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Spotting the Early Signs of Epilepsy in Senior Citizens


Being diagnosed with epilepsy can have a significant effect on anyone’s life. But, experiencing seizures can be even more impactful on the lifestyle, safety, and well-being of older adults. 

Learning to recognize the early signs and symptoms of epilepsy can help you avoid medical emergencies that are often a consequence of seizures and keep you safe. 

If you are unsure how to spot the early signs of epilepsy, talking to a specialized neurologist should be your first port of call. However, the guide below can help. 

Let’s dive in!

What you need to know about epilepsy in older adults

As a close third after stroke and dementia, epilepsy is considered to be one of the most common neurological disorders in older adults. What’s more, since epilepsy can be a complication of brain injuries from falls, stroke, and brain tumors, the incidence of this condition increases with age. 

But despite how common this condition is, treating it still provides some severe challenges. Firstly, it can be hard for older people to balance out their epilepsy treatment with other medicines they might be taking, thus preventing them from leading a seizure-free life. 

Additionally, some antiepileptic treatments come with side effects that can worsen pre-existing conditions, such as declining bone density.

First-time seizures

Today, over 50% of new-onset seizures happen in older adults, and between 25% and 40% of them have no obvious cause (etiology), such as brain tumor or brain damage. What’s more, adults aged 65 and over are the fastest-growing segment of epilepsy patients in the US, and the majority of them report experiencing symptoms that are much different from the ones that characterize epilepsy in younger adults.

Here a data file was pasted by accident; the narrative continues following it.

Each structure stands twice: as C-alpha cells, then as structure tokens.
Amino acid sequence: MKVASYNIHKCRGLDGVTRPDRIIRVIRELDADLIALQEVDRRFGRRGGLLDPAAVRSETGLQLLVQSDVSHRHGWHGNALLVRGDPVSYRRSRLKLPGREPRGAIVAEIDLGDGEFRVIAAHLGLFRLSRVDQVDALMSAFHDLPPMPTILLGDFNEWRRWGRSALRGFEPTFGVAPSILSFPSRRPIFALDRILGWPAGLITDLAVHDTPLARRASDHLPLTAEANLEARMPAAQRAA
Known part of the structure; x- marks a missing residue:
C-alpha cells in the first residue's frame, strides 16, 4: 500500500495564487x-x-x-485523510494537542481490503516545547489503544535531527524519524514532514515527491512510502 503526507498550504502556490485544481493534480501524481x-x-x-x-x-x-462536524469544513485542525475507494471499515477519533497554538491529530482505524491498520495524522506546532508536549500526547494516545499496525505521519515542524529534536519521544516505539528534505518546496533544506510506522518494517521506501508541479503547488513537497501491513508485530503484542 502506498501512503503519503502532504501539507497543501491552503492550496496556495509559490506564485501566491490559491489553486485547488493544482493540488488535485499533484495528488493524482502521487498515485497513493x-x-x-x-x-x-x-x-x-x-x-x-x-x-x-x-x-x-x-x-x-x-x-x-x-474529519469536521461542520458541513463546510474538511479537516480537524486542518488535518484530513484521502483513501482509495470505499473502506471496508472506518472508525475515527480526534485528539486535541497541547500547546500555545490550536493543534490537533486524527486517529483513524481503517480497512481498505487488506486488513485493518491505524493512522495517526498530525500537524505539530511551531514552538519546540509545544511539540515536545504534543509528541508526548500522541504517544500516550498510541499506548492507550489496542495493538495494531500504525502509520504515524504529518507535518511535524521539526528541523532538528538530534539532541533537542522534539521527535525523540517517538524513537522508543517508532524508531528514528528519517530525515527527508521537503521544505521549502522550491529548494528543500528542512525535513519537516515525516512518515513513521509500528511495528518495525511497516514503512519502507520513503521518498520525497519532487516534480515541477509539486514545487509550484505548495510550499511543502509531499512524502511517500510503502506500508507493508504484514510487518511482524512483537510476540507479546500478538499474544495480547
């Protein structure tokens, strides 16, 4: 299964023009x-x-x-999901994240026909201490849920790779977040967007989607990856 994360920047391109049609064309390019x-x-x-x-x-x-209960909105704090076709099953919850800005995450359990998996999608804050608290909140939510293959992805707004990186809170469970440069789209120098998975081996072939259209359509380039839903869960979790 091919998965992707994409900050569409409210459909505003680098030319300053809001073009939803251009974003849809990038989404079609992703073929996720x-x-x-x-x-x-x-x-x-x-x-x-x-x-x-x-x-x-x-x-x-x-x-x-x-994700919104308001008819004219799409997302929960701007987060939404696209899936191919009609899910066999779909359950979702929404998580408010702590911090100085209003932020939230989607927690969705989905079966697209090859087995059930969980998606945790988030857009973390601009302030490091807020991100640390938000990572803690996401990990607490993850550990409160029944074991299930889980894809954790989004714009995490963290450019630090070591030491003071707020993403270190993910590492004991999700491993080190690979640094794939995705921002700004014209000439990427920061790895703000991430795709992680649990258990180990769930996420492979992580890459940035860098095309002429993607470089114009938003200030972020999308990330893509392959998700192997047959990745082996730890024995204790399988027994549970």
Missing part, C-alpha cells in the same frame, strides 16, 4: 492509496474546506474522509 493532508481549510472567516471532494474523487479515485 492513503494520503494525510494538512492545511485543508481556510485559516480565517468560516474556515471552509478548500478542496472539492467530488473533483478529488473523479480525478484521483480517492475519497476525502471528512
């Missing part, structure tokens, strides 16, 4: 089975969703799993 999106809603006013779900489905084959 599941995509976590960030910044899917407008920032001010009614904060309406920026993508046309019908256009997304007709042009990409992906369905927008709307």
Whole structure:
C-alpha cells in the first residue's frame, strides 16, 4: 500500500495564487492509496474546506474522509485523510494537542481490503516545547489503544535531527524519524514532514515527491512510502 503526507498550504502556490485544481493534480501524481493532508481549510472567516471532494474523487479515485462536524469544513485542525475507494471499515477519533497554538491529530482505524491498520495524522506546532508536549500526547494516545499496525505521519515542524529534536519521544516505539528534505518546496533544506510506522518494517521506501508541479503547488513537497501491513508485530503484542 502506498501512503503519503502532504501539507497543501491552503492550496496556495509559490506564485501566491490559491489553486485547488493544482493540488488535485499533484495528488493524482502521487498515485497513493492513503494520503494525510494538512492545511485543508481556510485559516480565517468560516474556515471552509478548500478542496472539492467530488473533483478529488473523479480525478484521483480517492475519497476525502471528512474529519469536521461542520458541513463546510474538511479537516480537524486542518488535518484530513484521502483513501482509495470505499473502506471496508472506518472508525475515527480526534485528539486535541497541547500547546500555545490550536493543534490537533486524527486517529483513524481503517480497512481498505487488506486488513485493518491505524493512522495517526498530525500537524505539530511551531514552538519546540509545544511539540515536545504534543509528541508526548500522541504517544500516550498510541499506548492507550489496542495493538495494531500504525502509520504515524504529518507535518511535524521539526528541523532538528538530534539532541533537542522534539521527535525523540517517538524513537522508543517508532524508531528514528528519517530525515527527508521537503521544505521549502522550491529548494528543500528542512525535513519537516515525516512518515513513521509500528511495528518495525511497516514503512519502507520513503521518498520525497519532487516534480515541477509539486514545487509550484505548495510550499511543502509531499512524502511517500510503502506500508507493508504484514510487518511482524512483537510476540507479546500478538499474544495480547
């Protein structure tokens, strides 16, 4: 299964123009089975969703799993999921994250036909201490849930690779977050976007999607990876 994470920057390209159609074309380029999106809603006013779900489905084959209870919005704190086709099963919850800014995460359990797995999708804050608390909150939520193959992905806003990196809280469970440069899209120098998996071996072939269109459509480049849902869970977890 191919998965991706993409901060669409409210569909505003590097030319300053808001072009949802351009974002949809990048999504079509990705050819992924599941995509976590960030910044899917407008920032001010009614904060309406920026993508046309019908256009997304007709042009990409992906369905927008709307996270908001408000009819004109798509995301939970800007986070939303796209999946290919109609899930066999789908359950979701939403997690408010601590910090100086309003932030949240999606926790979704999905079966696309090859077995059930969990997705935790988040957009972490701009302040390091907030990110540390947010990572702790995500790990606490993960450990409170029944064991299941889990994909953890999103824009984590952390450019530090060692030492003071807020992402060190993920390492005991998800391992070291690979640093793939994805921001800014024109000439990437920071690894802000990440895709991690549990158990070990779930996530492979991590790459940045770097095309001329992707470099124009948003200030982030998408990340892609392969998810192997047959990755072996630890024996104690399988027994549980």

These factors make it harder for aging individuals and carers to diagnose epilepsy in older adults. This is especially true in assisted living facilities and nursing homes, where neurologists might not be present and new-onset seizures might be mistaken for symptoms of dementia. 

If you suspect that you have experienced a seizure, don’t think twice about contacting an experienced neurologist. Finding the right treatment for you is key to living a safe, active, and fulfilling retirement life with epilepsy. 

Types of seizures

The most common answer to “what is epilepsy?” is “ a seizure disorder”. But while this definition is somewhat correct, it does not tell us anything about the type, intensity, or frequency of the seizures a person might be experiencing. 

To efficiently identify the signs of new-onset epilepsy in seniors, it is important to start by looking at the different types of seizures. These are categorized by:

  • The part of the brain they affect (generalized vs partial-onset seizures)
  • The symptoms they cause (Tonic-clonic, tonic, clonic, myoclonic, atonic, etc.)

In older adults, seizures might appear different, and they often cause understate and difficult-to-diagnose symptoms such as:

  • Absences
  • Confusion
  • Suspended awareness
  • Memory loss
  • Irregular heartbeat
  • Hearing or feeling heightened sensations
  • Lightheadedness
  • Dizziness
  • Heart palpitations

Warning signs of seizures

Once you have a better understanding of what epileptic seizures look like in older adults, you should consider educating yourself about the signs and symptoms that characterize an upcoming seizure. By doing so, you will be able to use self-control and biofeedback to prevent a seizure or move to a safe place to reduce the risk of medical emergencies and falls. 

Early warning signs

Early warning signs - often called prodrome - commonly happen several hours or days before the seizure itself, and appear in about 20-30% of people with epilepsy. 

Although what a person sees and feels during this stage is unique, some of the symptoms that are often associated with the prodromal phase include anxiety, irritability, headache, tremors, confusion, and mood swings. 

Late warning signs

A few hours or minutes before the seizure takes place, you might experience what’s called an “Aura”. Auras are minor, partial-onset seizures that can warn you that a more intense seizure is on the way. 

Although Auras are characterized by subjective feelings, some of the most common symptoms they bring include unprompted feelings of euphoria or panic, getting unusual tastes, smells, and sounds, a “rising” feeling in the stomach, stiffening of parts of the body, visual disturbances, or déjà vu.

Partnering with a specialized neurologist

If you or a loved one suspects having epilepsy, a specialized neurologist should be the first port of call. After all, with proper treatment, over 70% of those with epilepsy are able to live a healthy and seizure-free life!

What is epilepsy? Health, Safety Tips, What are the signs that an epilepsy onset might occur? Elderly Seniors, Older Adults, Neurological Disorder, Warning Signs of Seizures, When do I need to see a specialized neurologist?


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